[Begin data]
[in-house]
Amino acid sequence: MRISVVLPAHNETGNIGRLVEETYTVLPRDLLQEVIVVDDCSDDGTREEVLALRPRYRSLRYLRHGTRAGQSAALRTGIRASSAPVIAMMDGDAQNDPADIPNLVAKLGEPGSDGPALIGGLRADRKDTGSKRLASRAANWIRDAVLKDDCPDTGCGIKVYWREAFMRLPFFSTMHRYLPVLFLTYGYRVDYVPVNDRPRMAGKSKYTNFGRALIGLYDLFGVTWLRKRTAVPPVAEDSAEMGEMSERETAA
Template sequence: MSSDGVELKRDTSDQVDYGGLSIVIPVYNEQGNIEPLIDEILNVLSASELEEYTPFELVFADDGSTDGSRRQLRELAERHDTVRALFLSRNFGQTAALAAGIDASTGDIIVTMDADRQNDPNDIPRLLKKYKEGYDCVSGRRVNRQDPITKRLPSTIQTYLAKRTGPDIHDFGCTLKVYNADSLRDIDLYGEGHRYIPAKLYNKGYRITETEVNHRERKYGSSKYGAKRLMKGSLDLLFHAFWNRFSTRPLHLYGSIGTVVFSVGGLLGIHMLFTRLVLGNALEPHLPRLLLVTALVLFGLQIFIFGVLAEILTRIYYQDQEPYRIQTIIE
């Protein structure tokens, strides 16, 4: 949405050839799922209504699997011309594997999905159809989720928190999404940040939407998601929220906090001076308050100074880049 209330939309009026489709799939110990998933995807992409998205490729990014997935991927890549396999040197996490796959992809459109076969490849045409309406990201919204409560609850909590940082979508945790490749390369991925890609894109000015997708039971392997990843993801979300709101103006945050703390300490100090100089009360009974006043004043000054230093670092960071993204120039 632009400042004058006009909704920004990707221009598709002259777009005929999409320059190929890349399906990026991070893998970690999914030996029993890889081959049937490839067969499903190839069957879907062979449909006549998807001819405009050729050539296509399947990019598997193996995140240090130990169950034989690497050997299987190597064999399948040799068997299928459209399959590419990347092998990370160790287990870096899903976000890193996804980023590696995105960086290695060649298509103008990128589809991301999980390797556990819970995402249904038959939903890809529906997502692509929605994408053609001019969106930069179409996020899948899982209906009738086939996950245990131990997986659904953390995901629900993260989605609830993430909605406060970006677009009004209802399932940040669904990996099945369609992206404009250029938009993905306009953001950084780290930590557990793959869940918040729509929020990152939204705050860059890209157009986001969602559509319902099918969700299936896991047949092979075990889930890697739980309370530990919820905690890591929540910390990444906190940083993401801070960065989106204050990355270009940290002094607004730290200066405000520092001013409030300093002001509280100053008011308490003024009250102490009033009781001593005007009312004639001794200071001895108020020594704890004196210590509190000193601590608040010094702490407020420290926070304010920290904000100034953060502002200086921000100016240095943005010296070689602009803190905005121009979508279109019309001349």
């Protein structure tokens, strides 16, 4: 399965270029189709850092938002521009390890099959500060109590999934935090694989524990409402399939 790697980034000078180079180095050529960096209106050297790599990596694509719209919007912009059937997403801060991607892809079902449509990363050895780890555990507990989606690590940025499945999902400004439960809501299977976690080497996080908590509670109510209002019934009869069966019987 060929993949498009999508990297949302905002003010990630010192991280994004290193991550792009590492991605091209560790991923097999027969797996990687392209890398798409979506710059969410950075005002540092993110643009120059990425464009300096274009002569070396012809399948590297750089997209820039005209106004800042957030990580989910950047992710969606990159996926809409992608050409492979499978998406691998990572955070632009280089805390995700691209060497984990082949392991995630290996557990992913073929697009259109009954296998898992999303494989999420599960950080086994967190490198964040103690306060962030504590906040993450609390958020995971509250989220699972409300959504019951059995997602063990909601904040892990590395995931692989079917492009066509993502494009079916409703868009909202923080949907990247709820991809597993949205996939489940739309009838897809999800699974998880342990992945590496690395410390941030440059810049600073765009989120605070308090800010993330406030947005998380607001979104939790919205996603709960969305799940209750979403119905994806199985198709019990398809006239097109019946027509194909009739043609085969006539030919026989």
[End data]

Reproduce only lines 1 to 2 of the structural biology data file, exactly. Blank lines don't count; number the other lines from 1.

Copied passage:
[in-house]
Amino acid sequence: MRISVVLPAHNETGNIGRLVEETYTVLPRDLLQEVIVVDDCSDDGTREEVLALRPRYRSLRYLRHGTRAGQSAALRTGIRASSAPVIAMMDGDAQNDPADIPNLVAKLGEPGSDGPALIGGLRADRKDTGSKRLASRAANWIRDAVLKDDCPDTGCGIKVYWREAFMRLPFFSTMHRYLPVLFLTYGYRVDYVPVNDRPRMAGKSKYTNFGRALIGLYDLFGVTWLRKRTAVPPVAEDSAEMGEMSERETAA